Ethics Corporate ethics, integrity, values — they're all getting a lot of lip service these days, and with good reason: In the last 10 years or so, they've frequently been missing in action.

The cliche, of course, is that business ethics starts with the “tone at the top,” that a company's powers-that-be will, by their own actions and values, determine the ethical direction for the entire organization.

There's one problem with that theory: It implies that the foot soldiers can't alter that direction on their own.

All too often, that's exactly what happens, says Christopher Bauer.

“There is no defining characteristic of a person with ethics problems; it could be anyone,” Bauer, a Ph.D. and namesake of Bauer Ethics Seminars, told a crowd at the 2009 Financial Executives International Summit in Dallas. “The folks causing ethical problems of every shape and size are good people like us who bring their own issues to work and deal with them there in inappropriate ways.”

Did you catch that? According to Bauer, the most common ethics problems don't involve people who break their organization's rules.

Instead, they involve people who come to work with personal problems — related to finances, or relationships, or substance abuse, or behavioral self-control — and let those problems impact their actions in the office.

“Ethics problems are rarely the result of an employee not knowing the rules,” Bauer says. “They are usually caused by unaddressed personal issues coupled with a lack of appropriate or effective self-monitoring, self-control or oversight.”

Fair enough. But suppose we suspect a co-worker is crossing the ethical line. What do we do? Bauer offers the following guidelines.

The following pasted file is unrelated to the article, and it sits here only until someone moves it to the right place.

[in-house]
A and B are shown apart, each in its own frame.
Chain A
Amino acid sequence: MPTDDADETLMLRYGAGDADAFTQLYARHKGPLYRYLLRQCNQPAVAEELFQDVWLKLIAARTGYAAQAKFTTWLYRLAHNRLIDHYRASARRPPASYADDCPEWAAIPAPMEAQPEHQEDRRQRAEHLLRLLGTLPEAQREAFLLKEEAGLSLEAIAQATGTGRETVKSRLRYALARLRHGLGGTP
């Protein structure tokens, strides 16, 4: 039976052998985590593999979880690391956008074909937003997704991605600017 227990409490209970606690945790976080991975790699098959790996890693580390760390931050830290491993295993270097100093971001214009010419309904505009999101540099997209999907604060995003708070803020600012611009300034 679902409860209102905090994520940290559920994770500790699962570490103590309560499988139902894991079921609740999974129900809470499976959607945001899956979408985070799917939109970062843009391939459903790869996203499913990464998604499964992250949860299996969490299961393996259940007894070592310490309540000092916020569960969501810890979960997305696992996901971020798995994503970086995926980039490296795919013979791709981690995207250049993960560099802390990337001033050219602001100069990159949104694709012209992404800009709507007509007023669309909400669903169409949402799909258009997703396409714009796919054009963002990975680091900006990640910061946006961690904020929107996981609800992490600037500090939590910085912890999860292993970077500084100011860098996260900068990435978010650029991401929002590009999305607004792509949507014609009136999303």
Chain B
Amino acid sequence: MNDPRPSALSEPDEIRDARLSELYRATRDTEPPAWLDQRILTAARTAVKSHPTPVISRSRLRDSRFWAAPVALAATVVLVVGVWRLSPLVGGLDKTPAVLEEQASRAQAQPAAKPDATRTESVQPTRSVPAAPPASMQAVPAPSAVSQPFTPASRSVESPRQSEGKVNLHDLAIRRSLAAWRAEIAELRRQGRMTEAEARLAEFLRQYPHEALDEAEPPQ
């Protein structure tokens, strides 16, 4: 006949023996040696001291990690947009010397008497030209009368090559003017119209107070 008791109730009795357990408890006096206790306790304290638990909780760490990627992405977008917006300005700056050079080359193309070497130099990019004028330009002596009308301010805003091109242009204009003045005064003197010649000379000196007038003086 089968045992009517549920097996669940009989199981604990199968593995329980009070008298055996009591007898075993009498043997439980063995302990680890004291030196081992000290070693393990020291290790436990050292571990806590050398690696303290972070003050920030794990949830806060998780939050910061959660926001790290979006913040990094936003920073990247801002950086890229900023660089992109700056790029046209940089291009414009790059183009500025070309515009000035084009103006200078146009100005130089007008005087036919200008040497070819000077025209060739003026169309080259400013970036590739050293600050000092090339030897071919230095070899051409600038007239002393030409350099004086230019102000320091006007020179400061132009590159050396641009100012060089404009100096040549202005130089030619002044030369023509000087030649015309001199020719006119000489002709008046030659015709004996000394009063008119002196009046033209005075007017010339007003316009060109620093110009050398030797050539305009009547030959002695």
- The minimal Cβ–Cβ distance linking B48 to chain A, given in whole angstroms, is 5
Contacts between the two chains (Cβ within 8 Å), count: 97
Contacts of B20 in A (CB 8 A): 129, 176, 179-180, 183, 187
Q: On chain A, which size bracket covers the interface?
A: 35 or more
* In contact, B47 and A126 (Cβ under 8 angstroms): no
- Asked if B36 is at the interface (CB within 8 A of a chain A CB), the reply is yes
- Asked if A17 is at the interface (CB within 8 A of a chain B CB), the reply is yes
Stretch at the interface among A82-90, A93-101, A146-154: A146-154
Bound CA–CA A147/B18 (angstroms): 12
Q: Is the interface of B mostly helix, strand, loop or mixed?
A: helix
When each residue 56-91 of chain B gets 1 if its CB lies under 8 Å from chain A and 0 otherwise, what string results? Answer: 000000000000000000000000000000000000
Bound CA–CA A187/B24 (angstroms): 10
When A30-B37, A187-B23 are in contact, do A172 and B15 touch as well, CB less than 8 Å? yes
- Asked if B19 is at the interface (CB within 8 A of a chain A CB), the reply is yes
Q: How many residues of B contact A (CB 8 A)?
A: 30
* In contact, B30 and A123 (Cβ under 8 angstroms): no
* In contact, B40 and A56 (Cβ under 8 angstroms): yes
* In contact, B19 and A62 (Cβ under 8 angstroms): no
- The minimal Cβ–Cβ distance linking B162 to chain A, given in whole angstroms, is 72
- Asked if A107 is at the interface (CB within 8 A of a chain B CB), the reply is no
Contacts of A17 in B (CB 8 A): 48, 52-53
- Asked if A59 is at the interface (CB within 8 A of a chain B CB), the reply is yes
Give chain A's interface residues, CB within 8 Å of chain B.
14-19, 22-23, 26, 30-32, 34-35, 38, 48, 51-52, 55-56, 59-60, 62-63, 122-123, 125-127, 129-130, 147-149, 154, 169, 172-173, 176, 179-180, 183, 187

• If we're not sure the line has been crossed, start by asking someone outside the organization. “The main goal,” Bauer says, “is to find the most credible consultant one can who has the greatest likelihood of not being able to recognize the person or organization in question. Of course, sometimes the best consultant will be in a position to recognize the object of the consultation, and that's fine — their expertise ought to trump anything else.”

  • Keep a record of such consultations “so that if anyone ever questions your behavior, you can show that you had the awareness, interest and willingness to seek truly credible input,” Bauer says.

  • If the problem is minor and you're not required to report it, start by informally asking the co-worker in question what's going on. A low-key intervention might be enough to nip the problem in the bud.
  • If it's a major problem and can't be resolved by talking directly to the co-worker, report it to the proper person or authorities.

And remember: Doing nothing is not an option, and not just for the obvious legal and ethical reasons. The Association of Certified Fraud Examiners estimates that white-collar crime costs a company 5 to 7 percent of gross annually — and white-collar crime is only one type of ethics problem, Bauer says.

The tone at the top? Sure, it's important — crucial, in fact.

But as Bauer says, “The integrity of your company is being judged all day, every day on the basis of everyone on staff.”

And that means ethics is everyone's responsibility.

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